20:14 Tue Apr 16, 2019
New Personal Wind Record!
We had a pretty exciting night here on the summit last night! Most of us set new personal wind records, with a maximum verified gust of 142 mph! It was a long night of deicing and monitoring the Hays Chart, and we did not expect it to get anywhere near as fast as it did!
Looking back on what lead up to the event, I can’t help but laugh. As a crew, we were sitting around the dinner table last night commenting on how fast we thought the maximum gust was going to be. Our volunteer John Donovan set the rules for the “wager”, and was the first to call out a speed of 108 mph. The rest of us put out numbers like 111, 117 and 118. I recall feeling pretty confident in my bet, having just forecasted for the evening not but an hour before. I could see the ingredients coming together for a 110-120 mph event, but clearly couldn’t piece together that it would be much more intense.
So what was I seeing in the forecast? It was a combination of 3 main things. First was the big chonker of a low pressure in our proximity, as shown below:
With the cold front having passed through the Whites already, and with the region situated in the Southwest quadrant of the low, elevated wind speeds were to be expected in general. Usually some of your faster wind speeds come around the backside of the system, and quick moving cold fronts generally help make that the case. Additionally, there was a pretty tight pressure gradient looming over us, between the low and a region of high pressure to the Southwest. So with Northwest winds ripping around the back side of a strong low pressure system through a tight pressure gradient, right off the bat I knew winds across the summit were going to be higher than average.
Then, when I went to look at the upper atmosphere, the models indicated what we call a “vorticity bullseye”, or a region of elevated vorticity, directly overhead. Vorticity is a fancy term for rotation in the upper atmosphere, which can lead to instability and turbulence that translates down to the surface. So not only was there fast horizontal movement, there was movement through an unstable atmosphere as well.
Finally, when I checked out a sounding for the region around the low, I saw the definitive proof for high winds. The red and green lines on this chart indicate a temperature profile and dew point profile respectively. As the lines move to the right of the chart, they are indicating warmer temperatures. And as they move to the left, they indicate colder temperatures. Now, generally speaking, temperature decreases with height. When the opposite is true, and temperatures are increasing with height, that is known as an inversion.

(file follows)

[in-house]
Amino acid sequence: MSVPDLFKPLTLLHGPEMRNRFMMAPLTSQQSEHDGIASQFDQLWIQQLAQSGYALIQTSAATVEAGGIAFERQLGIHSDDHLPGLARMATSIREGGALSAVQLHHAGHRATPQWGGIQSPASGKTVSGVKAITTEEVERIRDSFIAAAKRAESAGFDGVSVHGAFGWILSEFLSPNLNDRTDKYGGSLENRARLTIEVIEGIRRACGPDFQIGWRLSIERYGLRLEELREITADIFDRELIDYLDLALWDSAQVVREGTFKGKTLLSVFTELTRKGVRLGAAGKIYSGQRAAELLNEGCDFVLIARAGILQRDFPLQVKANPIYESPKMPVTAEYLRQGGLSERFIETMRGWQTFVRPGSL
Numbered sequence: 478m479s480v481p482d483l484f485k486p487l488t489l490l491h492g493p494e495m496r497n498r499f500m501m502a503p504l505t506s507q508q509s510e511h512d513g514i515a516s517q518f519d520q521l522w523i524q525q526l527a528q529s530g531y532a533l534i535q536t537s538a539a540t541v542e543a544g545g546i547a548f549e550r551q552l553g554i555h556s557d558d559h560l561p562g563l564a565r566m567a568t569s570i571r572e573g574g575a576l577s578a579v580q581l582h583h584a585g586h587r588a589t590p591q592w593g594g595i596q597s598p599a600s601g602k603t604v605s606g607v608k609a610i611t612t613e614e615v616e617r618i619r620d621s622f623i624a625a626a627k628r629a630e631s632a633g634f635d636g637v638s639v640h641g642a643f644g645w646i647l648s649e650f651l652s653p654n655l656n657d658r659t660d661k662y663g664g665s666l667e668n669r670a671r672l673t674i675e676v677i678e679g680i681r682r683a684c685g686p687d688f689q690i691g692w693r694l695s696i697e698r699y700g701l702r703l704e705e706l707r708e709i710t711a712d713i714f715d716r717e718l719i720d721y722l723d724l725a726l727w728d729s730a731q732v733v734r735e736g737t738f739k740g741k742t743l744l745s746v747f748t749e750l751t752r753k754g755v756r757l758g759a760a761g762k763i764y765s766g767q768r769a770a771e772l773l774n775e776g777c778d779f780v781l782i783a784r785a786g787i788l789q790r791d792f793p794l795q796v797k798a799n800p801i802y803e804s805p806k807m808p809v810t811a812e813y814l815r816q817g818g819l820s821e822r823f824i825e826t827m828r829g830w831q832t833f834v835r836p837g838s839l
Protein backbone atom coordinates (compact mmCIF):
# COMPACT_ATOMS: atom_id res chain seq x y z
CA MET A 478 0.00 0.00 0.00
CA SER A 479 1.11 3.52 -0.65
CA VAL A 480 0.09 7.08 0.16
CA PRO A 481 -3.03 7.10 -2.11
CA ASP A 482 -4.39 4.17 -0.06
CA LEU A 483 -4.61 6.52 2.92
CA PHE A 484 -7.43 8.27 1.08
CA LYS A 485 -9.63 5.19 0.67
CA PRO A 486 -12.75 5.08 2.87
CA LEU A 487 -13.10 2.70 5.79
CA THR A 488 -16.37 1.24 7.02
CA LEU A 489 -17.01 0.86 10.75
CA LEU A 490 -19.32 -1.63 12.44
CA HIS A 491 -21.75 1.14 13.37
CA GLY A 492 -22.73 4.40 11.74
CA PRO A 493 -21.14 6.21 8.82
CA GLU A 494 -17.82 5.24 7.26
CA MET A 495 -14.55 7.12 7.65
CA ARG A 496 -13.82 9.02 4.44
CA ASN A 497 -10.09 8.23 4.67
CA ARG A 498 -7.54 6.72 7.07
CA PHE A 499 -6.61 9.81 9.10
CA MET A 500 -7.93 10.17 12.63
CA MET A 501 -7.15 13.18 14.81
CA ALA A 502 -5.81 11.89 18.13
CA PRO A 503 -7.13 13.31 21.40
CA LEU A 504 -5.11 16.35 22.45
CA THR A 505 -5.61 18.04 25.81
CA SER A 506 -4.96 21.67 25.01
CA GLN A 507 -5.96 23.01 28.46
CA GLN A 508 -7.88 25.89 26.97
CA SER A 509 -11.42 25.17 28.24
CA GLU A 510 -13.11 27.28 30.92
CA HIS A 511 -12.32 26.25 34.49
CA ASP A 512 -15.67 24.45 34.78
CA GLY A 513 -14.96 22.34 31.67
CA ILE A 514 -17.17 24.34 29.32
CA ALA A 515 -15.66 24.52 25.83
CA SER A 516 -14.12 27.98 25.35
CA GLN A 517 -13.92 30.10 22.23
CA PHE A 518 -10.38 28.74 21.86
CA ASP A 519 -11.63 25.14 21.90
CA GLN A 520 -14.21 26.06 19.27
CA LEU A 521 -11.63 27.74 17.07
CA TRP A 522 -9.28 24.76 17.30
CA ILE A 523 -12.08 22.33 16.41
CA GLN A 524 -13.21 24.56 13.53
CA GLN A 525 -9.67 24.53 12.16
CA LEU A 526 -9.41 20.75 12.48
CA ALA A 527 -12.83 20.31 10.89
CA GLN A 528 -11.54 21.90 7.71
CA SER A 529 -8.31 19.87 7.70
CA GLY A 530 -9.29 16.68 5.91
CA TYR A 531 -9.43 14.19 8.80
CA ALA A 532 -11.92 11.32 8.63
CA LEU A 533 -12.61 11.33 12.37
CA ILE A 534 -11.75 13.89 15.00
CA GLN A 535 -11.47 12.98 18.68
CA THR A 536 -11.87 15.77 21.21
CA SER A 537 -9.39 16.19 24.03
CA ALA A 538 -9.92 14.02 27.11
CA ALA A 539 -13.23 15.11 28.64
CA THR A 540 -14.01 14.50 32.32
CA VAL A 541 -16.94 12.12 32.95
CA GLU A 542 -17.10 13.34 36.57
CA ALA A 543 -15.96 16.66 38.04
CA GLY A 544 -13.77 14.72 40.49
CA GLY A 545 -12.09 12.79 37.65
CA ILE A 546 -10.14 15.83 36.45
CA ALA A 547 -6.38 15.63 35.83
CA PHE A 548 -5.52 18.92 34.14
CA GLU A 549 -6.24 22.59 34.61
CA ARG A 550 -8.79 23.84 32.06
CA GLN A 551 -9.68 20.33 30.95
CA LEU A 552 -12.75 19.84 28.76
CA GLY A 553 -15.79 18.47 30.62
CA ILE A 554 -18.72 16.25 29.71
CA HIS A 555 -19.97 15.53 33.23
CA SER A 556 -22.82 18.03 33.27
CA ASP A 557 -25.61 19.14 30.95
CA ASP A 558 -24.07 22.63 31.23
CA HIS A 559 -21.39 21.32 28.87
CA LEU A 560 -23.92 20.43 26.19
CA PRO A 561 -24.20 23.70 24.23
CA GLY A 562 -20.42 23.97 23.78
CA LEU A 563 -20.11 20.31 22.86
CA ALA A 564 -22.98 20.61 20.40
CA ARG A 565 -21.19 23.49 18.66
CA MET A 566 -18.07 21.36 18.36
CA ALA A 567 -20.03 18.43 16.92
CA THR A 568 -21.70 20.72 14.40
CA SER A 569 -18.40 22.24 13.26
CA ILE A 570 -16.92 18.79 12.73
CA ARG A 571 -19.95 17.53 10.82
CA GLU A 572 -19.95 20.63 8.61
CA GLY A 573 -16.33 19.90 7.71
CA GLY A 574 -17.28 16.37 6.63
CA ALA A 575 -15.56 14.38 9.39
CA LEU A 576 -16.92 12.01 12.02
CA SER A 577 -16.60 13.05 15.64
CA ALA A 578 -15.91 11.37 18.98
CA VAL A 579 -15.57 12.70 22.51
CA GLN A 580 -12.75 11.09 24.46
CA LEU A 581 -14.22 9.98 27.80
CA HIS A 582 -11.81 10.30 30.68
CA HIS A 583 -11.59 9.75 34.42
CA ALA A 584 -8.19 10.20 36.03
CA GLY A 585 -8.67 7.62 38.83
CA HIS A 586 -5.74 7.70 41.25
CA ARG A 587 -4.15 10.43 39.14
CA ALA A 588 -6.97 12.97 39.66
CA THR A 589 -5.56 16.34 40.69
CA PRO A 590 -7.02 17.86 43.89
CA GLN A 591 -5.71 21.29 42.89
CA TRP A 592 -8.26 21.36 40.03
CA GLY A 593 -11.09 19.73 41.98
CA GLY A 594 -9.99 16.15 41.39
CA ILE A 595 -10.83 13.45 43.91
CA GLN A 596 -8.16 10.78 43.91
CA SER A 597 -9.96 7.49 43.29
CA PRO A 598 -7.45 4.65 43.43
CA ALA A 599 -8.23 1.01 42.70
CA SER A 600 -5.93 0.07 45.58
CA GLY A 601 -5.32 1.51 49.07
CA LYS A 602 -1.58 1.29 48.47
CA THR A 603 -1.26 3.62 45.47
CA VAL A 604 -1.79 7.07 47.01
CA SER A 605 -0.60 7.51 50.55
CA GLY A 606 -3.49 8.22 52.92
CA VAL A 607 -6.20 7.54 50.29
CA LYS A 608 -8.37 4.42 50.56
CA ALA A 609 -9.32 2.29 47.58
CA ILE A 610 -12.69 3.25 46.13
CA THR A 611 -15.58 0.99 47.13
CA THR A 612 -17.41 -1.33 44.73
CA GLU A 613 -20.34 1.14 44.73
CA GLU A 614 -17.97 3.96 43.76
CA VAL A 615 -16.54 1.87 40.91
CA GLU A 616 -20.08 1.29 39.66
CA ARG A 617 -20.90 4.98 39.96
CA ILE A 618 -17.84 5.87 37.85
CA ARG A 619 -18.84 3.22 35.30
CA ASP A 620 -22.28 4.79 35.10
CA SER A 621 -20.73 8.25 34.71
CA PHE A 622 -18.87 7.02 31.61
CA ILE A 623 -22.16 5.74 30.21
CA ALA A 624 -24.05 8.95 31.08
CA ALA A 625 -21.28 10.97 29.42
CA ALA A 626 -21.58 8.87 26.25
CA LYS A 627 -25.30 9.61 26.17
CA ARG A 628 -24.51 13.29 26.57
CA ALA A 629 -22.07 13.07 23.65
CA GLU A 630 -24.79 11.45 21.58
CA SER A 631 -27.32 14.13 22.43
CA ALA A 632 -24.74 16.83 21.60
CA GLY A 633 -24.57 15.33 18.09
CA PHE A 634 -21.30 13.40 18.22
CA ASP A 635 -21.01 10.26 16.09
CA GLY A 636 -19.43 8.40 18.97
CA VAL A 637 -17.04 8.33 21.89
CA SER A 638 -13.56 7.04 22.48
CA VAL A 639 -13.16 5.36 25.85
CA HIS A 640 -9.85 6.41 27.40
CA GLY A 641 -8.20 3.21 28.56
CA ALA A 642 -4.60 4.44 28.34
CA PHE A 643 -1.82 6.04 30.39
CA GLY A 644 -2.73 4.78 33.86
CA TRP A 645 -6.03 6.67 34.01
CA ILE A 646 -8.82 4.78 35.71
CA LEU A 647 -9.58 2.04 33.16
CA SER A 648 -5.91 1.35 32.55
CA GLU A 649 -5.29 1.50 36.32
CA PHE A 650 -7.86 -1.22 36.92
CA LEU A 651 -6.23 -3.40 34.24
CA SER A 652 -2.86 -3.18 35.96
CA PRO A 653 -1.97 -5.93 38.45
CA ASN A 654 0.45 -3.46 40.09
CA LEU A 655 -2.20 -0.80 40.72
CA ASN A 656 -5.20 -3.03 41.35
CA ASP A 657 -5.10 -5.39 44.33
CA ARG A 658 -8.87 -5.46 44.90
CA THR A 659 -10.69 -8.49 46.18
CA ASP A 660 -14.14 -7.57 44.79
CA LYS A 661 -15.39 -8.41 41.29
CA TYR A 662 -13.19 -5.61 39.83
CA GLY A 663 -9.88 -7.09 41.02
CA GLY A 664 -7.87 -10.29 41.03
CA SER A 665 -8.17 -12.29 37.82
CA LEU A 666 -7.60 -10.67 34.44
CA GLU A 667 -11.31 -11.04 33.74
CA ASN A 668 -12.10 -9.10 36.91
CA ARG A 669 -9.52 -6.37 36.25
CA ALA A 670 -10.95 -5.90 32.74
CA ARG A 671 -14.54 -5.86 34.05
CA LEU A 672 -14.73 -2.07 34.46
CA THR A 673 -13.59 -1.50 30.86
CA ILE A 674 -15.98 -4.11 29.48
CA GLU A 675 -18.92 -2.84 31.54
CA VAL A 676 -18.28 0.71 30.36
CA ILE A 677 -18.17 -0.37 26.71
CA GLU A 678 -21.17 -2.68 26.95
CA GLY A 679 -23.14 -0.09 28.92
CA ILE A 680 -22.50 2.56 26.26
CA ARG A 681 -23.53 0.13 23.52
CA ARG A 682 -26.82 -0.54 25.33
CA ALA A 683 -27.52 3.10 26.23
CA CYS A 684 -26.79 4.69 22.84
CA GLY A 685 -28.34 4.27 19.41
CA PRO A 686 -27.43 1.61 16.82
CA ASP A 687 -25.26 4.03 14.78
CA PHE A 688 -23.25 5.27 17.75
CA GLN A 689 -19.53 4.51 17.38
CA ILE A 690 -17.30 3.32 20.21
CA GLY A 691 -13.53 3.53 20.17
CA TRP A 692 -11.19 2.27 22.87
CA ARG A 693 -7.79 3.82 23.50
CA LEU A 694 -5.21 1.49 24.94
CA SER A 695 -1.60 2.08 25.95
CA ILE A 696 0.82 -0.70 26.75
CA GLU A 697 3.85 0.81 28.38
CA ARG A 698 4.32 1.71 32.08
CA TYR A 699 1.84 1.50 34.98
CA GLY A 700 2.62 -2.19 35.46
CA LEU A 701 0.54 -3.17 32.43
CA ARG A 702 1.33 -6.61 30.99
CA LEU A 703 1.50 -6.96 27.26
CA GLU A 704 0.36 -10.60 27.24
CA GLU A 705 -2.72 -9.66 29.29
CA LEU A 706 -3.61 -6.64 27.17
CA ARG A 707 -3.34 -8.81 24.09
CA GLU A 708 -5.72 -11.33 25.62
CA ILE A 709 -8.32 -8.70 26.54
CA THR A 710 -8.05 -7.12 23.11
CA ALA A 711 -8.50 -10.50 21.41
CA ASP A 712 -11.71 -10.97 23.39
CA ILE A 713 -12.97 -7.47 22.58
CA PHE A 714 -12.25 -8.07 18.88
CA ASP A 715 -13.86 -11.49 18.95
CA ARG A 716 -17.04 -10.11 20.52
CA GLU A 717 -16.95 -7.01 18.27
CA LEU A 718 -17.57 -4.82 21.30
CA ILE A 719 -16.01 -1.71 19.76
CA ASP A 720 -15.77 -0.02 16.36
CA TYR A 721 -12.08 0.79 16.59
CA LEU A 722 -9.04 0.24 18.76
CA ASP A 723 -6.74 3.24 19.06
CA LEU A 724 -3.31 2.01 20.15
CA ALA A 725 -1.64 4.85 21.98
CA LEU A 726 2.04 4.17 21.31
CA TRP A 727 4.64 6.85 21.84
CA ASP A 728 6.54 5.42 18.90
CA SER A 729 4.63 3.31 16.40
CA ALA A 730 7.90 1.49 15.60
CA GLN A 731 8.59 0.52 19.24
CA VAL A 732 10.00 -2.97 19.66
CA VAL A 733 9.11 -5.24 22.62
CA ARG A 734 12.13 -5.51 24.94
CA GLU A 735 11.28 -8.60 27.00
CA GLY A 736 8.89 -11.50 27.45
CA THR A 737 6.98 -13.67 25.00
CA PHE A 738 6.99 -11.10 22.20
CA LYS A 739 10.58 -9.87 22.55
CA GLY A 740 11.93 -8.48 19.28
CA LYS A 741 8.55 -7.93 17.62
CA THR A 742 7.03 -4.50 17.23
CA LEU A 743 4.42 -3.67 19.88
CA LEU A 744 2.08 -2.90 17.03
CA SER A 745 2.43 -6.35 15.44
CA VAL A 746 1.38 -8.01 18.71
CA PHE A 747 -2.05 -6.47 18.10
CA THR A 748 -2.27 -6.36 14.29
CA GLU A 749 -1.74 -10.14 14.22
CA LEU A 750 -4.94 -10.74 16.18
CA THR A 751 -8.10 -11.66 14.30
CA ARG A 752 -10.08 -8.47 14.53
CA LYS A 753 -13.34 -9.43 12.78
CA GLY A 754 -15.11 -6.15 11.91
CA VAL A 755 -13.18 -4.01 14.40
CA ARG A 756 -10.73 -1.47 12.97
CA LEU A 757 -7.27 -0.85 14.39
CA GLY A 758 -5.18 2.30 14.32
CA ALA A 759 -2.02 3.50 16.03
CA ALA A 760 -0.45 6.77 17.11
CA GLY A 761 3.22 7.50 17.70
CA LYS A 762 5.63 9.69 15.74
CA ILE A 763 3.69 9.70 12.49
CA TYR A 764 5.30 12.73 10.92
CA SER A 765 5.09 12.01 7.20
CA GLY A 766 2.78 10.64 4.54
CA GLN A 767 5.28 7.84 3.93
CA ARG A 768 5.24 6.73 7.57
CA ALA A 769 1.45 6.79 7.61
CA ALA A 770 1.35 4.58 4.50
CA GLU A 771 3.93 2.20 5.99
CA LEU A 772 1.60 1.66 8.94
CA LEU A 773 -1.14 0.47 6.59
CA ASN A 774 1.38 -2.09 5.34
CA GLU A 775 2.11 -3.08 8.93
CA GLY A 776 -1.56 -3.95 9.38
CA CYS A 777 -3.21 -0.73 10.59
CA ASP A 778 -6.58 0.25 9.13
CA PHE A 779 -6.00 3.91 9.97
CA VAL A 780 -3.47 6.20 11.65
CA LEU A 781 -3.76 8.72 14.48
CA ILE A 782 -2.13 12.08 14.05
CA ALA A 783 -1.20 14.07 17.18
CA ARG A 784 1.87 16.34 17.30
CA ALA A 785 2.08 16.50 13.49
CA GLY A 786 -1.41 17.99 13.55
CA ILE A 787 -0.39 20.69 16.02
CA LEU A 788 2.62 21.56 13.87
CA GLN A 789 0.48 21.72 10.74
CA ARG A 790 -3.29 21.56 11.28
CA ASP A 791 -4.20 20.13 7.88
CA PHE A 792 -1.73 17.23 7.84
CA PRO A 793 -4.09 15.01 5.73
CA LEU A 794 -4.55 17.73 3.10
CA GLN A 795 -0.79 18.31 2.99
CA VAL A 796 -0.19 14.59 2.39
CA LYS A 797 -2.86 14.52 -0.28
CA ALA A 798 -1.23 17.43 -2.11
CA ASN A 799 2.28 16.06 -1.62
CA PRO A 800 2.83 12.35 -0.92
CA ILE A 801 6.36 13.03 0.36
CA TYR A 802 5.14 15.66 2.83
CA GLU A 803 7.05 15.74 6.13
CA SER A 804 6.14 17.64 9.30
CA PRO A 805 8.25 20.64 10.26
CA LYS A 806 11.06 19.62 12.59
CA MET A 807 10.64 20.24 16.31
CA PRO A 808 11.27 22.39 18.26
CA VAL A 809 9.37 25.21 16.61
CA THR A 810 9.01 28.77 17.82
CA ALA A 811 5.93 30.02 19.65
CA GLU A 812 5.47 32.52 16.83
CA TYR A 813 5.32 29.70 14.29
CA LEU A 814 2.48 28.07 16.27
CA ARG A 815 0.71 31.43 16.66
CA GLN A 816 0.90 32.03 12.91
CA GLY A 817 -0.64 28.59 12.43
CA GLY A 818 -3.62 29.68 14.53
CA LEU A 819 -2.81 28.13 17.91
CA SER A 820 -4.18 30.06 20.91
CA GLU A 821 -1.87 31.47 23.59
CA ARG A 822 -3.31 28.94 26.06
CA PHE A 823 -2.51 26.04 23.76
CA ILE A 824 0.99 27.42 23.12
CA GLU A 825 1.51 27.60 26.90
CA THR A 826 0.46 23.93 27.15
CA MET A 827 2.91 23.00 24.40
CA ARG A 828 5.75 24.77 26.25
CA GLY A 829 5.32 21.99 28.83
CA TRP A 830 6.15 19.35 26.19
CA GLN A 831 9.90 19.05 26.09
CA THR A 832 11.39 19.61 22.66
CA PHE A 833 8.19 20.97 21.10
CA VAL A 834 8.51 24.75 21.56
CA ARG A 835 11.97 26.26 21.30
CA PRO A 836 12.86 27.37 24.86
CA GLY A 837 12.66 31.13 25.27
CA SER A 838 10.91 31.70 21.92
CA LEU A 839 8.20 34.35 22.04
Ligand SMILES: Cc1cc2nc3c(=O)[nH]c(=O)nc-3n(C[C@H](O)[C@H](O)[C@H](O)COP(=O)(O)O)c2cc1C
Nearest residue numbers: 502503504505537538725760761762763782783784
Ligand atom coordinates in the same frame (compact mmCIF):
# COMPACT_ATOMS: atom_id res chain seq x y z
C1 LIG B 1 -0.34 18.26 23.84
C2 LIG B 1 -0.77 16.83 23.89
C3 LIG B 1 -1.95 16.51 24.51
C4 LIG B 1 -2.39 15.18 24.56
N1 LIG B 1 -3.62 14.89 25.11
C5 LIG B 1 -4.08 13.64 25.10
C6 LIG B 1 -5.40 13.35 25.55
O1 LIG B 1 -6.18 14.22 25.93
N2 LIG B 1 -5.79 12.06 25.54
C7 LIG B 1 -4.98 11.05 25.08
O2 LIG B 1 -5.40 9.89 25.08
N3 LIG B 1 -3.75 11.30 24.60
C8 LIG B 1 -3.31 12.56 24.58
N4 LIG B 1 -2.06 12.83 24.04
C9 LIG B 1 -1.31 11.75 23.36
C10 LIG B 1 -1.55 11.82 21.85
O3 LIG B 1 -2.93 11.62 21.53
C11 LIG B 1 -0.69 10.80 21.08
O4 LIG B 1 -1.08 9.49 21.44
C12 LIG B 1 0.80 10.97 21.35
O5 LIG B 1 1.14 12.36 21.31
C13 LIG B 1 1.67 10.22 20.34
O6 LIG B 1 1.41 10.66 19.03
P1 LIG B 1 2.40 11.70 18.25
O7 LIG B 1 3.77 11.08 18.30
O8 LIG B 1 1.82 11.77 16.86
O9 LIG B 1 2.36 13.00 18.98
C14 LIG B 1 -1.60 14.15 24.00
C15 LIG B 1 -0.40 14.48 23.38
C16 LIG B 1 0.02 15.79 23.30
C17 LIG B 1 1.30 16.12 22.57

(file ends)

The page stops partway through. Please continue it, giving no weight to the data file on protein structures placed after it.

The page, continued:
Inversions, which are great “stable” layers in the atmosphere, act like a lid for air movement below it. It takes a lot of force and lifting to break through that lid, and usually the inversion instead acts as a sort of compression down on the air underneath it. We are no strangers to the effects of compression here on Mt. Washington, and we know these capping lids force an acceleration in the winds that move across the top of the mountain. As you can see in the image above, we had a pretty sizable inversion sitting right at the level of the atmosphere where the summit resides. So, we were situated in the quadrant of the low with the fastest moving air, underneath and unstable environment, with a strong inversion right above us. With these 3 ingredients combined, I knew it was going to be a 100+ mph night.
But apparently I underestimated how much of a true impact this atmospheric setup would have, because as we now know, the winds were way higher than what we expected!
Unfortunately, I was downstairs asleep for the first half of the insanity. But the rest of my crew decided to forgo sleep to witness the craziness! John stayed up late, monitoring the first half of the night as the Hays Chart climbed higher and higher. He definitely set a new peak wind speed, and was very excited to have been up for it!
Jay and Adam, while both very excited about the crazy winds, were working their tails off to keep the instruments and ice under control. Along with the winds, the summit was experiencing some incredibly intense icing as well. According to them, they would clear the parapet of ice, come back downstairs, and then turn around to go back at it 10 minutes later. Adam noted that the ice was accruing as fast as 10-12 inches per hour! That’s bonkers…
All night long they battled the crazy ice. And when the peak 142 came in at 4:15 am, they was much, albeit exhausted, rejoicing! Even once I was awake at 6, winds were still gusting to 140 mph and the icing was really bad! So don’t worry, I got to join in on the fun too! The crazy speeds didn’t really slow down until later in the morning, and by slow down I mean only gusting to 110 mph. As you can see by the most recent look at the current Hays chart, we’ve been gusting over 100 all day! And as we talked about at dinner tonight, it was a welcome change from the relatively calm shifts we’ve had for the last month or so. Overall, it has been a very exciting day!
Ian Bailey, Weather Observer/Education Specialist